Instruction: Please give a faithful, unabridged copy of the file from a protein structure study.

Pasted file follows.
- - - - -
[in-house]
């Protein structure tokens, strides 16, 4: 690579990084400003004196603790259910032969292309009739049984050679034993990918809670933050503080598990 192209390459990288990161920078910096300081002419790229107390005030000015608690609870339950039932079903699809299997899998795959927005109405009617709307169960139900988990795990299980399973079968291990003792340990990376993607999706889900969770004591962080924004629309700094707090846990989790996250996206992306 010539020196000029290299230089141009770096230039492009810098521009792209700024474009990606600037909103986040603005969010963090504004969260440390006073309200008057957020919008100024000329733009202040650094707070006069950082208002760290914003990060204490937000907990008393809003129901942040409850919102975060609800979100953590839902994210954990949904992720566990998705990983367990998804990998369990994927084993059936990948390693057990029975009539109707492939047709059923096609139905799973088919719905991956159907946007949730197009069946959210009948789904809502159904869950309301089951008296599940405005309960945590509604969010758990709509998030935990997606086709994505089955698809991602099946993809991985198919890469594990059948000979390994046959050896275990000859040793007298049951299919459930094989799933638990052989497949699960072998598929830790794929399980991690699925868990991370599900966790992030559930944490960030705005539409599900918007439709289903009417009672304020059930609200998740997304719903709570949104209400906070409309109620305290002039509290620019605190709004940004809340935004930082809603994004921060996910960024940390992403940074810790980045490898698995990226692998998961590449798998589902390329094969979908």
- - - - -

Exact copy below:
[in-house]
């Protein structure tokens, strides 16, 4: 690579990084400003004196603790259910032969292309009739049984050679034993990918809670933050503080598990 192209390459990288990161920078910096300081002419790229107390005030000015608690609870339950039932079903699809299997899998795959927005109405009617709307169960139900988990795990299980399973079968291990003792340990990376993607999706889900969770004591962080924004629309700094707090846990989790996250996206992306 010539020196000029290299230089141009770096230039492009810098521009792209700024474009990606600037909103986040603005969010963090504004969260440390006073309200008057957020919008100024000329733009202040650094707070006069950082208002760290914003990060204490937000907990008393809003129901942040409850919102975060609800979100953590839902994210954990949904992720566990998705990983367990998804990998369990994927084993059936990948390693057990029975009539109707492939047709059923096609139905799973088919719905991956159907946007949730197009069946959210009948789904809502159904869950309301089951008296599940405005309960945590509604969010758990709509998030935990997606086709994505089955698809991602099946993809991985198919890469594990059948000979390994046959050896275990000859040793007298049951299919459930094989799933638990052989497949699960072998598929830790794929399980991690699925868990991370599900966790992030559930944490960030705005539409599900918007439709289903009417009672304020059930609200998740997304719903709570949104209400906070409309109620305290002039509290620019605190709004940004809340935004930082809603994004921060996910960024940390992403940074810790980045490898698995990226692998998961590449798998589902390329094969979908």